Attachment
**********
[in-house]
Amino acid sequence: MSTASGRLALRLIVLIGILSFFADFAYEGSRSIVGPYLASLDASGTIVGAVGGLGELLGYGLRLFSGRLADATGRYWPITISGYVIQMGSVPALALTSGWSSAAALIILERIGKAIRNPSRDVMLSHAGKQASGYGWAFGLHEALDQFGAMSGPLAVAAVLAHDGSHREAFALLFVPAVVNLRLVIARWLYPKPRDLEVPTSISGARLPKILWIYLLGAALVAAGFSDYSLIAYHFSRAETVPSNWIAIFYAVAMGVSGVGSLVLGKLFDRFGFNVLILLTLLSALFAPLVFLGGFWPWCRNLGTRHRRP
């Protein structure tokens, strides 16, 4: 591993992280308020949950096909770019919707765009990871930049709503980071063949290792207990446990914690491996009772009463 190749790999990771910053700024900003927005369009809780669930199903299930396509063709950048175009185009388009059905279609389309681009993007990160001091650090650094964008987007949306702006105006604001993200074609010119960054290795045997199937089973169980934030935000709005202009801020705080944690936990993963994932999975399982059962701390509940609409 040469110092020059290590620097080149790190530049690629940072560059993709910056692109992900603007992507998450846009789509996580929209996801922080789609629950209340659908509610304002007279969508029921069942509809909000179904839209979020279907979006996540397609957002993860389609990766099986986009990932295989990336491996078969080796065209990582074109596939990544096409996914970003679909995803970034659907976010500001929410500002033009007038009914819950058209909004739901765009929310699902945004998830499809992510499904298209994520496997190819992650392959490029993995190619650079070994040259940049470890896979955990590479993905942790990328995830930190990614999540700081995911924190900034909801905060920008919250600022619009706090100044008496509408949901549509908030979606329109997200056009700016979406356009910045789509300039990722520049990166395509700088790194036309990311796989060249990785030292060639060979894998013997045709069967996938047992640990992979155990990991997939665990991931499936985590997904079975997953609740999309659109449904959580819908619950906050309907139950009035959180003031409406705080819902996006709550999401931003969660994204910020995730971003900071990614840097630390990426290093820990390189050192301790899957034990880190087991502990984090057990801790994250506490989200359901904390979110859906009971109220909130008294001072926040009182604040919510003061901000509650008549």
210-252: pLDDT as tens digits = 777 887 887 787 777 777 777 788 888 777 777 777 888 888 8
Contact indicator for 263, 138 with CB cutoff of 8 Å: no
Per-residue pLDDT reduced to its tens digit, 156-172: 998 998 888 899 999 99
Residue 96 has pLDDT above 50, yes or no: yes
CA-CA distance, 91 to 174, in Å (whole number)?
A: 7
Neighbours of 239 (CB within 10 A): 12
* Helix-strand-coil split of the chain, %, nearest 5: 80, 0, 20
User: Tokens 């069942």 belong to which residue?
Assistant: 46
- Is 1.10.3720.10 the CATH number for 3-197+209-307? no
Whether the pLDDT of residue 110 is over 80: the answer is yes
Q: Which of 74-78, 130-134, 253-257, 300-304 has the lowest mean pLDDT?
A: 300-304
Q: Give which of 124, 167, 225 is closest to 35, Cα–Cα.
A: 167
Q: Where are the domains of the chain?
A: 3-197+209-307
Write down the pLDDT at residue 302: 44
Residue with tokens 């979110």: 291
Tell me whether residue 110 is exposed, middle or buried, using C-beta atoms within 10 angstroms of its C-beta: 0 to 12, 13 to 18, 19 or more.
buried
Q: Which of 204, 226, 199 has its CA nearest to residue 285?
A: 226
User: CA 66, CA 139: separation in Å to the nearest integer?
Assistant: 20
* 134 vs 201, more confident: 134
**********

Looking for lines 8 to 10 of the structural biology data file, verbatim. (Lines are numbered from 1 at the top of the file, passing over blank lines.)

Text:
CA-CA distance, 91 to 174, in Å (whole number)?
A: 7
Neighbours of 239 (CB within 10 A): 12